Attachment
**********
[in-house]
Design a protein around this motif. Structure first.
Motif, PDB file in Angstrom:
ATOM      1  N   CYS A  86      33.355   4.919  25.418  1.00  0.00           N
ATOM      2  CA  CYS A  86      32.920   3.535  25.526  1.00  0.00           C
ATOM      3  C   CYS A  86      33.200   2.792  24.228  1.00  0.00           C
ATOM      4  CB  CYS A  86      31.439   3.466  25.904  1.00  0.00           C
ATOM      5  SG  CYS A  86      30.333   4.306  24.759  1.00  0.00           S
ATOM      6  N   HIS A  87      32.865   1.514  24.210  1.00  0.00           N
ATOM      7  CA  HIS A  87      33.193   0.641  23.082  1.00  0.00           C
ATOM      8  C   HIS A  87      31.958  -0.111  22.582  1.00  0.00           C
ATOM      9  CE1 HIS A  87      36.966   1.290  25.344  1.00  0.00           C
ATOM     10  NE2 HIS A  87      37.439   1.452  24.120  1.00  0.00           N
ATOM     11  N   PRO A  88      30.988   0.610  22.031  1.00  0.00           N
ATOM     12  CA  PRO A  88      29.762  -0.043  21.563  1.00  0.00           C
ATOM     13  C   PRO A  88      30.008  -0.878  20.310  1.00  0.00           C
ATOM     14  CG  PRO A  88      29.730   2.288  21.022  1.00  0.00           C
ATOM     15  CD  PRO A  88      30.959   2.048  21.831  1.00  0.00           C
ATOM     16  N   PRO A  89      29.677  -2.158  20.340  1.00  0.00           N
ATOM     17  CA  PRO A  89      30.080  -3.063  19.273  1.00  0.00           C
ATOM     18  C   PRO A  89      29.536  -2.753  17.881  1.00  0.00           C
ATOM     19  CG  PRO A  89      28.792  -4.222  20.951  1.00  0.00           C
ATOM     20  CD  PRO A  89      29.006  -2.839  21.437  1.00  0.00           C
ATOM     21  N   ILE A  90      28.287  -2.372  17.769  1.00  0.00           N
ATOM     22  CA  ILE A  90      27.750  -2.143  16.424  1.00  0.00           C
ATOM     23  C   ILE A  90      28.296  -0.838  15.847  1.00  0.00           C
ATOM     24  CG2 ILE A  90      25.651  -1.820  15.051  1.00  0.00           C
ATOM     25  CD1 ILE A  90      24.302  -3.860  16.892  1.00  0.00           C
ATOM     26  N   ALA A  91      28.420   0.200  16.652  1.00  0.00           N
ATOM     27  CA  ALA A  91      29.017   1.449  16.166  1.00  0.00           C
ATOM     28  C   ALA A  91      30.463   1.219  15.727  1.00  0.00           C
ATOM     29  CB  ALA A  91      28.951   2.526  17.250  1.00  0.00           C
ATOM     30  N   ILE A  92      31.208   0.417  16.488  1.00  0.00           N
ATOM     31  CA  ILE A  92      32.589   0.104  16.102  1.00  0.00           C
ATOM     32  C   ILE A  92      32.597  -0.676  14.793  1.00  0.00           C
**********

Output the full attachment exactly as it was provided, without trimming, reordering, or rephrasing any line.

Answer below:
[in-house]
Design a protein around this motif. Structure first.
Motif, PDB file in Angstrom:
ATOM      1  N   CYS A  86      33.355   4.919  25.418  1.00  0.00           N
ATOM      2  CA  CYS A  86      32.920   3.535  25.526  1.00  0.00           C
ATOM      3  C   CYS A  86      33.200   2.792  24.228  1.00  0.00           C
ATOM      4  CB  CYS A  86      31.439   3.466  25.904  1.00  0.00           C
ATOM      5  SG  CYS A  86      30.333   4.306  24.759  1.00  0.00           S
ATOM      6  N   HIS A  87      32.865   1.514  24.210  1.00  0.00           N
ATOM      7  CA  HIS A  87      33.193   0.641  23.082  1.00  0.00           C
ATOM      8  C   HIS A  87      31.958  -0.111  22.582  1.00  0.00           C
ATOM      9  CE1 HIS A  87      36.966   1.290  25.344  1.00  0.00           C
ATOM     10  NE2 HIS A  87      37.439   1.452  24.120  1.00  0.00           N
ATOM     11  N   PRO A  88      30.988   0.610  22.031  1.00  0.00           N
ATOM     12  CA  PRO A  88      29.762  -0.043  21.563  1.00  0.00           C
ATOM     13  C   PRO A  88      30.008  -0.878  20.310  1.00  0.00           C
ATOM     14  CG  PRO A  88      29.730   2.288  21.022  1.00  0.00           C
ATOM     15  CD  PRO A  88      30.959   2.048  21.831  1.00  0.00           C
ATOM     16  N   PRO A  89      29.677  -2.158  20.340  1.00  0.00           N
ATOM     17  CA  PRO A  89      30.080  -3.063  19.273  1.00  0.00           C
ATOM     18  C   PRO A  89      29.536  -2.753  17.881  1.00  0.00           C
ATOM     19  CG  PRO A  89      28.792  -4.222  20.951  1.00  0.00           C
ATOM     20  CD  PRO A  89      29.006  -2.839  21.437  1.00  0.00           C
ATOM     21  N   ILE A  90      28.287  -2.372  17.769  1.00  0.00           N
ATOM     22  CA  ILE A  90      27.750  -2.143  16.424  1.00  0.00           C
ATOM     23  C   ILE A  90      28.296  -0.838  15.847  1.00  0.00           C
ATOM     24  CG2 ILE A  90      25.651  -1.820  15.051  1.00  0.00           C
ATOM     25  CD1 ILE A  90      24.302  -3.860  16.892  1.00  0.00           C
ATOM     26  N   ALA A  91      28.420   0.200  16.652  1.00  0.00           N
ATOM     27  CA  ALA A  91      29.017   1.449  16.166  1.00  0.00           C
ATOM     28  C   ALA A  91      30.463   1.219  15.727  1.00  0.00           C
ATOM     29  CB  ALA A  91      28.951   2.526  17.250  1.00  0.00           C
ATOM     30  N   ILE A  92      31.208   0.417  16.488  1.00  0.00           N
ATOM     31  CA  ILE A  92      32.589   0.104  16.102  1.00  0.00           C
ATOM     32  C   ILE A  92      32.597  -0.676  14.793  1.00  0.00           C